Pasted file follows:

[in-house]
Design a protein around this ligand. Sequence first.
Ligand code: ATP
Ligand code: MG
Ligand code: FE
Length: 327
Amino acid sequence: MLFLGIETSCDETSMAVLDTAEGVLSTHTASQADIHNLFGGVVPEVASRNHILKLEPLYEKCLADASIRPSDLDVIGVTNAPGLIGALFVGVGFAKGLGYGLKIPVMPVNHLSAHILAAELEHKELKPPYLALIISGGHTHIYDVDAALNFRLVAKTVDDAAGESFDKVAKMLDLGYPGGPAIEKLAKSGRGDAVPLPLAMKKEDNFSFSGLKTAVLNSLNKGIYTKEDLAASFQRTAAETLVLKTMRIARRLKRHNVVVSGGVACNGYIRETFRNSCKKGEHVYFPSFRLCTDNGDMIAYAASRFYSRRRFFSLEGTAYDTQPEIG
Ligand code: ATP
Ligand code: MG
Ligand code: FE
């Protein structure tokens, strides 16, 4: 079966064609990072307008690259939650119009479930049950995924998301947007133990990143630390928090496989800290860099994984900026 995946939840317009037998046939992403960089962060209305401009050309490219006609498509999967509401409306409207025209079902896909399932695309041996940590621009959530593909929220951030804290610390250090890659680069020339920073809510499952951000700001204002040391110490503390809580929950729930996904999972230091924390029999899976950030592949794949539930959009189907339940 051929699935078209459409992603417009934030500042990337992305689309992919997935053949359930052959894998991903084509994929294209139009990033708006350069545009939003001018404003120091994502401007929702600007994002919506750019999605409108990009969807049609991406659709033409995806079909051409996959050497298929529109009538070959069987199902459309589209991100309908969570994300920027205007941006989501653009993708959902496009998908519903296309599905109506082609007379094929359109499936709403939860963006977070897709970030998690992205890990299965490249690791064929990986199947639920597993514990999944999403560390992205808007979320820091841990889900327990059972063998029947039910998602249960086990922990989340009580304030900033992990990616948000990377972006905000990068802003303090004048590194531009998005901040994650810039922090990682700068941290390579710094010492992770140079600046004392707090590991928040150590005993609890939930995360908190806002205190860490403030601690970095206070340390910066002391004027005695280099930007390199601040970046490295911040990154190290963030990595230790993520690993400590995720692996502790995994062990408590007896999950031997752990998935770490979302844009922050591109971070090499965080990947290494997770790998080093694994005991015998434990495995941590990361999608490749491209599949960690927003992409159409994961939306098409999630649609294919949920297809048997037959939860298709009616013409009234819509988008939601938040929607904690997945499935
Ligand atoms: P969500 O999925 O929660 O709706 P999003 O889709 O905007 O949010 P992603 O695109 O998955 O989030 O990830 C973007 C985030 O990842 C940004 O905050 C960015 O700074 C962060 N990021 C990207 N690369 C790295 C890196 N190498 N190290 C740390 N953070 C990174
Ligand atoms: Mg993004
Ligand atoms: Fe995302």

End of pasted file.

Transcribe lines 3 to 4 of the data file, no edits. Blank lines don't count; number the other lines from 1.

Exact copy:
Ligand code: ATP
Ligand code: MG